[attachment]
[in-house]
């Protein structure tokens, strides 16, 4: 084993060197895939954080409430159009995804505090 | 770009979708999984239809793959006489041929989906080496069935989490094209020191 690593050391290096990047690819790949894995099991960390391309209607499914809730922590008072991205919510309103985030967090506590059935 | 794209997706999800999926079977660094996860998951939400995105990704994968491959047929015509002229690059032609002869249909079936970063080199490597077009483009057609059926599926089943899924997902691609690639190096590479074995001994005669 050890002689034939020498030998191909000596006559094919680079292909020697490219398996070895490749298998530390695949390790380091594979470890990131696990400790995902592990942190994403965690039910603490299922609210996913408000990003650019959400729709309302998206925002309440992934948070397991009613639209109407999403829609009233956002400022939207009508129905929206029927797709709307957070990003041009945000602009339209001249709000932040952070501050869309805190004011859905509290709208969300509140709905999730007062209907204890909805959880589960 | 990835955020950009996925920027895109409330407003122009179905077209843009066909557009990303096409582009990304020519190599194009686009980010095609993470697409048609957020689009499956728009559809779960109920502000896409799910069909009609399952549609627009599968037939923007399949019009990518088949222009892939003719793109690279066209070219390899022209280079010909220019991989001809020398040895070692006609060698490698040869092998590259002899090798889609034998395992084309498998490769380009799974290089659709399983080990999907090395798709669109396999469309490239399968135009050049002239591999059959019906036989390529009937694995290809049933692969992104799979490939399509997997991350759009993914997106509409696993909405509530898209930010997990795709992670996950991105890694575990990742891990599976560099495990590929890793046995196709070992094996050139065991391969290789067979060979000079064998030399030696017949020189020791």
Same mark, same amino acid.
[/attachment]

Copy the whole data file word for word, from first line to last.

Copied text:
[in-house]
């Protein structure tokens, strides 16, 4: 084993060197895939954080409430159009995804505090 | 770009979708999984239809793959006489041929989906080496069935989490094209020191 690593050391290096990047690819790949894995099991960390391309209607499914809730922590008072991205919510309103985030967090506590059935 | 794209997706999800999926079977660094996860998951939400995105990704994968491959047929015509002229690059032609002869249909079936970063080199490597077009483009057609059926599926089943899924997902691609690639190096590479074995001994005669 050890002689034939020498030998191909000596006559094919680079292909020697490219398996070895490749298998530390695949390790380091594979470890990131696990400790995902592990942190994403965690039910603490299922609210996913408000990003650019959400729709309302998206925002309440992934948070397991009613639209109407999403829609009233956002400022939207009508129905929206029927797709709307957070990003041009945000602009339209001249709000932040952070501050869309805190004011859905509290709208969300509140709905999730007062209907204890909805959880589960 | 990835955020950009996925920027895109409330407003122009179905077209843009066909557009990303096409582009990304020519190599194009686009980010095609993470697409048609957020689009499956728009559809779960109920502000896409799910069909009609399952549609627009599968037939923007399949019009990518088949222009892939003719793109690279066209070219390899022209280079010909220019991989001809020398040895070692006609060698490698040869092998590259002899090798889609034998395992084309498998490769380009799974290089659709399983080990999907090395798709669109396999469309490239399968135009050049002239591999059959019906036989390529009937694995290809049933692969992104799979490939399509997997991350759009993914997106509409696993909405509530898209930010997990795709992670996950991105890694575990990742891990599976560099495990590929890793046995196709070992094996050139065991391969290789067979060979000079064998030399030696017949020189020791």
Same mark, same amino acid.